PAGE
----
Deep Listening can also extend to the way you move. During my last pregnancy with my son I developed my own form of exercise routine based on previous experiences with myofascial unwinding and Katsugan. Sitting quietly I would pay attention to all the little aches and pains in the different areas of my body and move in such a way to gently stretch and relieve these pains. Slowly and carefully with my eyes closed my movements would often resemble a sort of slow-motion dance. Practicing this technique eventually led to me using it during my labor - resulting in a beautiful intuitive labor dance that helped my body work my son into this world with less pain and stress than my two previous (but equally beautiful) births.
What would it be like if we could spend each moment of our lives deeply and intuitively listening to our body's needs for movement and nutrition instead of casually and even intentionally ignoring our basic body signals? What if we extended this deep listening into our everyday interactions with other people?
I wrote this post shortly after that episode of pain and have purposefully been sitting on it ever since. Today I come back to it looking for inspiration and I think it is time to share. For myself I hope to rekindle some of this spirit and get back to some deep listening.
To Your Health,
Breastfeeding eczema is a term I came up with to describe those babies that have eczema even though they are exclusively breastfed, which has been reported to reduce the risk of childhood eczema and doesn't seem to make logical sense if breastmilk is the best food for infants.
As a Naturopath, I have worked with many clients over the past 10 years on this issue and have had some success and some failures. It is a difficult issue so I want to cover what I know all in one post for reference.
Recently I came across an article that suggested that breastfeeding for the first two years of life was found to prevent atopic dermatitis in infants if the mother did not have allergies or asthma. Results were not significant in mothers with allergies and there was no protection if the mother had asthma. So we have here the confirmation that the infant's eczema is related to the mother's health.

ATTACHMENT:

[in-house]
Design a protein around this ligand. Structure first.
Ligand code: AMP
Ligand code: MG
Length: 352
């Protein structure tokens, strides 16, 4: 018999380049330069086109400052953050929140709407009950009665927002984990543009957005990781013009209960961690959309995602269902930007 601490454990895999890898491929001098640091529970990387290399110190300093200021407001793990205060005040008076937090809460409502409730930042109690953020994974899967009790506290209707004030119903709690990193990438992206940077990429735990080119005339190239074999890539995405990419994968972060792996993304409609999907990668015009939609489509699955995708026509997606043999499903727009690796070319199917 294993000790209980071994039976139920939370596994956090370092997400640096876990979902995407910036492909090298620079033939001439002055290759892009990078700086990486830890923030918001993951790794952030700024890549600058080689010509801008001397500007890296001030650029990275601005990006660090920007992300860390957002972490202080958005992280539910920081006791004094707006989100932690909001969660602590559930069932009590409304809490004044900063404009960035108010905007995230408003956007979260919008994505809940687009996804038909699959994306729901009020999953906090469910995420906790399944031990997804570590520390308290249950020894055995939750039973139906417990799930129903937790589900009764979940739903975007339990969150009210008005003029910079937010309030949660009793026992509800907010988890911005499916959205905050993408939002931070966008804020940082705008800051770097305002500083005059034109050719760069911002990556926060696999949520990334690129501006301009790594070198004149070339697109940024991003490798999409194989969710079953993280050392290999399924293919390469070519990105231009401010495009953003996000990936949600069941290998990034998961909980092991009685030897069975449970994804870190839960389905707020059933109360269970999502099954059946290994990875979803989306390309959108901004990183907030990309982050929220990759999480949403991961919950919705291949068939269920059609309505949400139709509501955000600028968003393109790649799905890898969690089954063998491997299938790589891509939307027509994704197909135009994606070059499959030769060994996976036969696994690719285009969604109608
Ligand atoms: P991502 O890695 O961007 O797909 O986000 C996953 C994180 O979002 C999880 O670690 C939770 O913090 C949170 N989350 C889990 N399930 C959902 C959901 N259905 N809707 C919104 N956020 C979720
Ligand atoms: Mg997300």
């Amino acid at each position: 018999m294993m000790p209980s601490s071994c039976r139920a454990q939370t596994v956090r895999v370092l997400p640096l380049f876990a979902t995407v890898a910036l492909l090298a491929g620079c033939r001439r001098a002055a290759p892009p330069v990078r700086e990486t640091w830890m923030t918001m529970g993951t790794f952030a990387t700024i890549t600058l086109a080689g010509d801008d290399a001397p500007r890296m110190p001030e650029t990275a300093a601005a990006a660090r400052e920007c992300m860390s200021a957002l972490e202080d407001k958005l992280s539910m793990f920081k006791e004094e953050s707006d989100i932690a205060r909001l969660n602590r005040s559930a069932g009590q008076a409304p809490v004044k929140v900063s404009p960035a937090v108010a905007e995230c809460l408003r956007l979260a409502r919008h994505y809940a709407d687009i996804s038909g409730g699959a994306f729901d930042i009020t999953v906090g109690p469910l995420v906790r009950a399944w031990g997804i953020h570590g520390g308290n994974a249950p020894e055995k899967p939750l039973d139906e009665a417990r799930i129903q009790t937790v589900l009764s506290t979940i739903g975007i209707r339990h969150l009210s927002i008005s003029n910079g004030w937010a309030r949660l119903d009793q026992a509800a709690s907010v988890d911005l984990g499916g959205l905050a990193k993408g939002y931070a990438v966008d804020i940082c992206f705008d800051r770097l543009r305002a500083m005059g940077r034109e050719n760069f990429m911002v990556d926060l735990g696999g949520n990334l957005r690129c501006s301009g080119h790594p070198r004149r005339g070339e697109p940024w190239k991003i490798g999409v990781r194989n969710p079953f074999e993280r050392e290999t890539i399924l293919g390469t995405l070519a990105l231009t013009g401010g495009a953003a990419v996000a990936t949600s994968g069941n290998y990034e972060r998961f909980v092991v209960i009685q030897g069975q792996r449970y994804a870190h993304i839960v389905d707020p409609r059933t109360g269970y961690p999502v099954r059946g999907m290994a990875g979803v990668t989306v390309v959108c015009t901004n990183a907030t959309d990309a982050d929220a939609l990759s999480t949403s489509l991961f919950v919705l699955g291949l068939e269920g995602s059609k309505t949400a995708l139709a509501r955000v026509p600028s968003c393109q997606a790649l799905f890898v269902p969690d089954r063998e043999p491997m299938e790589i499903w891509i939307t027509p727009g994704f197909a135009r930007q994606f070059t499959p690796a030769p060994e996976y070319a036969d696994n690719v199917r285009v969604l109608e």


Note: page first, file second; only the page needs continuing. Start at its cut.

Dr. Natasha Campbell-McBride, author of the book Gut & Psychology Syndrome describes the connection as such:
"Babies are born with an immature immune system. Establishment of normal gut flora in the first 20 or so days of life plays a crucial role in appropriate maturation of the baby's immunity. As these children acquire abnormal gut flora (from their mothers) they are left immune-compromised."
This gut dysbiosis leads to a damaged gut wall and toxins, microbes and undigested foods enter the body causing physical problems in the child such as eczema and asthma.
I believe that the connection may go a little bit deeper. In a mother with a compromised gut system and intestinal permeability there are undigested proteins and endotoxins from pathogenic forms of bacteria leaking into her bloodstream. Her immune system actively works to eliminate these pathogens. These immune compounds such as histamine, cytokines, etc. get into her breastmilk. Because the mother's body is training the infant's immune system through her breast milk the baby's immature immune system responds to the cascade of immune complexes resulting in the eczema. Even if the baby itself does not have poor gut bacteria and intestinal permeability, their body reacts as if it does due to the mother's immune complexes in her milk. This causes inflammation and irritation that may result in further health complications. I do not currently have studies to support this theory but I will continue my informal research to see what I can find.
These are the characteristics I see from these children:
I have worked with many clients as a GAPS Practitioner through the GAPS diet in trying to heal the mother's gut dysbiosis. There has been some success with this approach depending on the severity of the mother's issues. Mothers who have other complications such as glandular imbalances due to gut dysbiosis will often have a harder time.
I am suspicious that the severity of this problem and the drastic increases in numbers may also have other environmental factors influencing it. I have been following the potential impacts of the following:
I have started an online support group through Facebook for parents so that I can more thoroughly research the common factors tied to this issue. I also hope it will help provide parents with ideas for ways to cope with symptoms.
To Your Health,
Kathryn Doran-Fisher is a Traditional Naturopath, Certified GAPS Practitioner and owner of Elder & Sage.